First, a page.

In his paper “Whatever next? Predictive brains, situated agents, and the future of cognitive science,” Andy Clark seminally proposed that the brain's job is to predict whatever information is coming “next” on the basis of prior inputs and experiences. Perception fundamentally subserves survival and self-preservation in biological agents, such as humans. Survival however crucially depends on rapid and accurate information processing of what is happening in the here and now. Hence, the term “next” in Clark's seminal formulation must include not only the temporal dimension (i.e., what is perceived now) but also the spatial dimension (i.e., what is perceived here or next-to-my-body). In this paper, we propose to focus on perceptual experiences that happen “next,” i.e., close-to-my-body. This is because perceptual processing of proximal sensory inputs has a key impact on the organism's survival. Specifically, we focus on tactile experiences mediated by the skin and what we will call the “extended skin” or “second skin,” that is, immediate objects/materials that envelop closely to our skin, namely, clothes. We propose that the skin and tactile experiences are not a mere border separating the self and world. Rather, they simultaneously and inherently distinguish and connect the bodily self to its environment. Hence, these proximal and pervasive tactile experiences can be viewed as a “transparent bridge” intrinsically relating and facilitating exchanges between the self and the physical and social world. We conclude with potential implications of this observation for the case of Depersonalization Disorder, a condition that makes people feel estranged and detached from their self, body, and the world.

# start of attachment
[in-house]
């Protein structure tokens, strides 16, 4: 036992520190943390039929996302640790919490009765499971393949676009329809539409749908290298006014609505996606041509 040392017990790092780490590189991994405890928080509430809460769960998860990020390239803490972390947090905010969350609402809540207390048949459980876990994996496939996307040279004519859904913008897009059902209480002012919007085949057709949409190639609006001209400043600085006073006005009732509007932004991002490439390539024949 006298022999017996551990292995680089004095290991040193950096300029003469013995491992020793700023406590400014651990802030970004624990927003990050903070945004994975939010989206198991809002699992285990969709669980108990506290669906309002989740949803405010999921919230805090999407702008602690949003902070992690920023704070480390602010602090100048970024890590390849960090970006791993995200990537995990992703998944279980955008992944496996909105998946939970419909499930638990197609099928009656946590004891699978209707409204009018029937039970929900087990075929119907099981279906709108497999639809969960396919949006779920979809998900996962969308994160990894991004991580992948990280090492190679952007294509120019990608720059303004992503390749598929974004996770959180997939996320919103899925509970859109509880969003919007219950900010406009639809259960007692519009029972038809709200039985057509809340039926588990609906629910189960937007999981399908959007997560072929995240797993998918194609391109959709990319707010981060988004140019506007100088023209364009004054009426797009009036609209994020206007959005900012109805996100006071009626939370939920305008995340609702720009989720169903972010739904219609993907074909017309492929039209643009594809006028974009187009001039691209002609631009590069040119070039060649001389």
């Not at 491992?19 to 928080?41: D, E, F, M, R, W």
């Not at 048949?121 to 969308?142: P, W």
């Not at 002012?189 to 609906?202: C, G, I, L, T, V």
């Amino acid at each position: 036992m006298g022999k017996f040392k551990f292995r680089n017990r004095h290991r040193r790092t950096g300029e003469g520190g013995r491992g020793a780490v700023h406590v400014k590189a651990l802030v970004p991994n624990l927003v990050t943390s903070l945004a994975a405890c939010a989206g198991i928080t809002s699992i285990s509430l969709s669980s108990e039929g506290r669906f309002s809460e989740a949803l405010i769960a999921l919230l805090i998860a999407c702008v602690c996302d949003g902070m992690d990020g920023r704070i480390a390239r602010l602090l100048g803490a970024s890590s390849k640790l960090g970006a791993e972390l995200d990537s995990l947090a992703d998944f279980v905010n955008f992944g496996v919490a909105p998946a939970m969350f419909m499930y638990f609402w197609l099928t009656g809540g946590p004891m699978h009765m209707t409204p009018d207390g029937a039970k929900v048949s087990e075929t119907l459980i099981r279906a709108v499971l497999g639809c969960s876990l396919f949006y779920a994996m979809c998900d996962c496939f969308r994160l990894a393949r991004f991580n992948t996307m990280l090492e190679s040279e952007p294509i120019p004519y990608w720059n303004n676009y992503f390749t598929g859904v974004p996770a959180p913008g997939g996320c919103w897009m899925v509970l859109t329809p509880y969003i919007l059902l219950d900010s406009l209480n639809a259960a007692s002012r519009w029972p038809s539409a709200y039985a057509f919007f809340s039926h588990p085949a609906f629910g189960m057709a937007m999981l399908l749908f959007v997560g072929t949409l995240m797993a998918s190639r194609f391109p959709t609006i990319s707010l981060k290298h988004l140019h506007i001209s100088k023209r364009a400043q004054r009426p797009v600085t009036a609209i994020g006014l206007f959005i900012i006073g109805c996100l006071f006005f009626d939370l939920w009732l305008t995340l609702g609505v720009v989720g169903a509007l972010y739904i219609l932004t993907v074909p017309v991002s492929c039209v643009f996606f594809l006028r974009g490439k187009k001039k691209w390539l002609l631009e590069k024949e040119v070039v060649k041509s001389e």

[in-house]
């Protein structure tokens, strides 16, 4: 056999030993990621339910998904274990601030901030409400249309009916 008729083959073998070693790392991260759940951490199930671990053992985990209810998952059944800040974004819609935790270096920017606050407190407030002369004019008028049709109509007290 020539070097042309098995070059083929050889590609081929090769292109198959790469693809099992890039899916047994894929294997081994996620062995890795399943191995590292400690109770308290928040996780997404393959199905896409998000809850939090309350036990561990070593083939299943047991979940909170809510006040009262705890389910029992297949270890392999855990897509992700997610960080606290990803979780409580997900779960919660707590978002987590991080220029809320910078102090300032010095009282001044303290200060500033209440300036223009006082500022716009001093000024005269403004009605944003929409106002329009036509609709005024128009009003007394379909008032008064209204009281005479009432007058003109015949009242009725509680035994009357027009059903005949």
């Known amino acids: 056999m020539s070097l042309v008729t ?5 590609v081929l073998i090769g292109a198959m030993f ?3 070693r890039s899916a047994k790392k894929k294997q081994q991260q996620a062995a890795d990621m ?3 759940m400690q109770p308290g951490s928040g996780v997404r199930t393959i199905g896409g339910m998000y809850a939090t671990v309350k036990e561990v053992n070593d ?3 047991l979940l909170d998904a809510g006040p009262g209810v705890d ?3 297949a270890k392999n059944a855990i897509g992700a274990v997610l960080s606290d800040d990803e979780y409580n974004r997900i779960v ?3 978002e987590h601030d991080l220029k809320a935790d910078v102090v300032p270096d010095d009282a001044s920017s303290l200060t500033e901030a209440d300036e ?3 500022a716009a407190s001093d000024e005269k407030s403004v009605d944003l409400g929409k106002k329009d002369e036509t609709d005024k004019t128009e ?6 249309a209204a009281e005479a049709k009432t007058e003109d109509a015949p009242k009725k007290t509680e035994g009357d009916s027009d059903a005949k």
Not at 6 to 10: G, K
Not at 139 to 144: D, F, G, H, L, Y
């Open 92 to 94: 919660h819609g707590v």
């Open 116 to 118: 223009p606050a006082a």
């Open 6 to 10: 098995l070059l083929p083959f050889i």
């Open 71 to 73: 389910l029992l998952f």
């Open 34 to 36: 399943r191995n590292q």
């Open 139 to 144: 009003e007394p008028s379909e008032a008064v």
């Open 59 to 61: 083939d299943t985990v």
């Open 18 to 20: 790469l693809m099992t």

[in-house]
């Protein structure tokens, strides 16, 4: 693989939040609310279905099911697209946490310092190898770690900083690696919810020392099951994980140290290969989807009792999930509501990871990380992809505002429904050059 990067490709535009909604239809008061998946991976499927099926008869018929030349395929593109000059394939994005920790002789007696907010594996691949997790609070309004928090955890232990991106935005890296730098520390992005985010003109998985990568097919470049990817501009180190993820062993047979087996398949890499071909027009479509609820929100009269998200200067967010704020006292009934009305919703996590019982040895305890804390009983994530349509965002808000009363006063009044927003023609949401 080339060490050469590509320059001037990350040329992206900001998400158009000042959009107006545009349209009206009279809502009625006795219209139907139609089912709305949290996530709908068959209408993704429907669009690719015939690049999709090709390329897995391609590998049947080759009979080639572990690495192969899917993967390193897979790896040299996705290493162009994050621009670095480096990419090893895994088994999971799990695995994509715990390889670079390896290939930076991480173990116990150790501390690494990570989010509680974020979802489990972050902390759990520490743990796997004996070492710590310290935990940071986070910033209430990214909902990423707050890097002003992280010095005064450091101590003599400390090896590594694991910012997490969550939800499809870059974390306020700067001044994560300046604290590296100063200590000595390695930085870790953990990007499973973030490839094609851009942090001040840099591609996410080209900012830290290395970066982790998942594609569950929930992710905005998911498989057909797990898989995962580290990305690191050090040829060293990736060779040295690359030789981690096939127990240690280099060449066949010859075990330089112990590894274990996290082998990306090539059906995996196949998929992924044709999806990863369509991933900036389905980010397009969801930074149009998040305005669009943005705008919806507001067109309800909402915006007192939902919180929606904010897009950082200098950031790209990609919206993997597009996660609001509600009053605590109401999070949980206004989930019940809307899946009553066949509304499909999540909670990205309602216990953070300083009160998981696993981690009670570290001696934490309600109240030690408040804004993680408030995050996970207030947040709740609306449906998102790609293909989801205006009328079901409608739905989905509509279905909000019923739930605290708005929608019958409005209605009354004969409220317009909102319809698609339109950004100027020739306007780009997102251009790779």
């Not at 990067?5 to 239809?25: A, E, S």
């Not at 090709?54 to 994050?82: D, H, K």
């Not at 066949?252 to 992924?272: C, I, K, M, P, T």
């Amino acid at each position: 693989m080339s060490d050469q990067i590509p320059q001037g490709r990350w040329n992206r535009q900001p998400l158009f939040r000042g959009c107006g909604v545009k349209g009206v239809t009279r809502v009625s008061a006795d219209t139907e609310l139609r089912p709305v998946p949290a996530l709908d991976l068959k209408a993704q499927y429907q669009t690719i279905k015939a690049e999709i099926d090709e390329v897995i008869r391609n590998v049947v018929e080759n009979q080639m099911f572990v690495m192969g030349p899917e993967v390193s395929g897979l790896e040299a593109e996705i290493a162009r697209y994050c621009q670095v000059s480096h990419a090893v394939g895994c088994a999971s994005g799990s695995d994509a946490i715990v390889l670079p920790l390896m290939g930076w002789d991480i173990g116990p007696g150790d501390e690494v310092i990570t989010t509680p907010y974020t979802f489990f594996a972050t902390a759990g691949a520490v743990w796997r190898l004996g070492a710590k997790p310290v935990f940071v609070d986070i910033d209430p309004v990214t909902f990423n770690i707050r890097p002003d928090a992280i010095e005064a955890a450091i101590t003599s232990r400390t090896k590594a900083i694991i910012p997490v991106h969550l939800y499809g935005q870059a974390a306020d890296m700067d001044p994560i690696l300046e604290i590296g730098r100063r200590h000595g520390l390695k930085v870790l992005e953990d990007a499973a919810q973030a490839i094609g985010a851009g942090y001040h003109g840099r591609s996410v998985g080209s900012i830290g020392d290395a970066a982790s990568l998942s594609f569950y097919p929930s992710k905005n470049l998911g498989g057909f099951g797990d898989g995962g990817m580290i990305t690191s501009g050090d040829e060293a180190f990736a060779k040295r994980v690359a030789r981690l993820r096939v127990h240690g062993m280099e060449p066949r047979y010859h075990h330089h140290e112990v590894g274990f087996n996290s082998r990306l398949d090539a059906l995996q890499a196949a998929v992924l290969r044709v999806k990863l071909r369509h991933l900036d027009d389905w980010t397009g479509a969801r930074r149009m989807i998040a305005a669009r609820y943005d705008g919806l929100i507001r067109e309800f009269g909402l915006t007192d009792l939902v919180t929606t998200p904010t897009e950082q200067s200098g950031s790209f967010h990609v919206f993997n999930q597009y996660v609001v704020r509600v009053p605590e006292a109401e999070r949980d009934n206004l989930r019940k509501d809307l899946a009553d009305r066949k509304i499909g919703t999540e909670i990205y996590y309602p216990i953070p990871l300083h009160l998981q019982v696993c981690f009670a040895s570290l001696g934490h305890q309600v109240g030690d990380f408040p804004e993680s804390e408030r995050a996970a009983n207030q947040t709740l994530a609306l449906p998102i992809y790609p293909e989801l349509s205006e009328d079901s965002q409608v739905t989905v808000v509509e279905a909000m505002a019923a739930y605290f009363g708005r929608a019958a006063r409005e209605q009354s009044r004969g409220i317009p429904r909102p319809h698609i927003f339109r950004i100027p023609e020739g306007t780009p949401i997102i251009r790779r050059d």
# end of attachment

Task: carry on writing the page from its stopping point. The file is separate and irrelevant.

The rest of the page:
- altered states of consciousness
- body image
- body schema
- predictive processing